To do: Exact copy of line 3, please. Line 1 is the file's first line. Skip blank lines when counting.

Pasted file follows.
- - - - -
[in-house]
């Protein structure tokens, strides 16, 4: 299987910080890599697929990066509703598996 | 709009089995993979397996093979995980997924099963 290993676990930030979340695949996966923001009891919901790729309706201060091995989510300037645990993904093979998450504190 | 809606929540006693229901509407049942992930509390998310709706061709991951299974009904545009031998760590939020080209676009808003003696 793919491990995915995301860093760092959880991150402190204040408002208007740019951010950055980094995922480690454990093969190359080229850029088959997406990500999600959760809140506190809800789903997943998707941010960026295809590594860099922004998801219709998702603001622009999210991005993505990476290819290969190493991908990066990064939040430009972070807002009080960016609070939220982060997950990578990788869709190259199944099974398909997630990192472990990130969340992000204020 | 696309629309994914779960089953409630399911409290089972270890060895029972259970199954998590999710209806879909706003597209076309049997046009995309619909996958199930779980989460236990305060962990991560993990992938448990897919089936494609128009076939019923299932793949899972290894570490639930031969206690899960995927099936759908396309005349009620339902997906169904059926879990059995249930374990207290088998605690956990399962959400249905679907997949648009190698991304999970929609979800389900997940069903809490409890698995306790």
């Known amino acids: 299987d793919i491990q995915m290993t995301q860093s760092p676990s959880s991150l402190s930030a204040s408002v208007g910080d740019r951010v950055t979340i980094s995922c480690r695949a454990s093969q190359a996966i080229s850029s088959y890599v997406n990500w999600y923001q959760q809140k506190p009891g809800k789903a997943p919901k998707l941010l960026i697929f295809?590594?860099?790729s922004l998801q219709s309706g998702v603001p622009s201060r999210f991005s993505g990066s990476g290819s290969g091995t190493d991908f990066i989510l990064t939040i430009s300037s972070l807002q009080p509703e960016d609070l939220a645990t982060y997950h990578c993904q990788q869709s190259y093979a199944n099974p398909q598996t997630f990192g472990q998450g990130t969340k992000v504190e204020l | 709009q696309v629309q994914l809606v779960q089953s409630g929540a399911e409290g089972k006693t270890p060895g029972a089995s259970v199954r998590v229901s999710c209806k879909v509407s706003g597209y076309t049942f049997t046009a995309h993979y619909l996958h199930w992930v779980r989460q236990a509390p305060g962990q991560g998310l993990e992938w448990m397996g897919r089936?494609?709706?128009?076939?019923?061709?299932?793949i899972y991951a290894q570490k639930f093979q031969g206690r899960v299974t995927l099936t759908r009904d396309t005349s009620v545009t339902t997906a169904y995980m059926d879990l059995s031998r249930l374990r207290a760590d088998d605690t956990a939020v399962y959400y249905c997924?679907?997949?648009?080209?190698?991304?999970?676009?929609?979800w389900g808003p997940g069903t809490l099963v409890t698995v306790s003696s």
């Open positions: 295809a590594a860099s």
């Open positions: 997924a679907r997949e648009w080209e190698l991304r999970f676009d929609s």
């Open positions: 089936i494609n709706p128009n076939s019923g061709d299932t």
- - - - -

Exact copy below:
């Known amino acids: 299987d793919i491990q995915m290993t995301q860093s760092p676990s959880s991150l402190s930030a204040s408002v208007g910080d740019r951010v950055t979340i980094s995922c480690r695949a454990s093969q190359a996966i080229s850029s088959y890599v997406n990500w999600y923001q959760q809140k506190p009891g809800k789903a997943p919901k998707l941010l960026i697929f295809?590594?860099?790729s922004l998801q219709s309706g998702v603001p622009s201060r999210f991005s993505g990066s990476g290819s290969g091995t190493d991908f990066i989510l990064t939040i430009s300037s972070l807002q009080p509703e960016d609070l939220a645990t982060y997950h990578c993904q990788q869709s190259y093979a199944n099974p398909q598996t997630f990192g472990q998450g990130t969340k992000v504190e204020l | 709009q696309v629309q994914l809606v779960q089953s409630g929540a399911e409290g089972k006693t270890p060895g029972a089995s259970v199954r998590v229901s999710c209806k879909v509407s706003g597209y076309t049942f049997t046009a995309h993979y619909l996958h199930w992930v779980r989460q236990a509390p305060g962990q991560g998310l993990e992938w448990m397996g897919r089936?494609?709706?128009?076939?019923?061709?299932?793949i899972y991951a290894q570490k639930f093979q031969g206690r899960v299974t995927l099936t759908r009904d396309t005349s009620v545009t339902t997906a169904y995980m059926d879990l059995s031998r249930l374990r207290a760590d088998d605690t956990a939020v399962y959400y249905c997924?679907?997949?648009?080209?190698?991304?999970?676009?929609?979800w389900g808003p997940g069903t809490l099963v409890t698995v306790s003696s």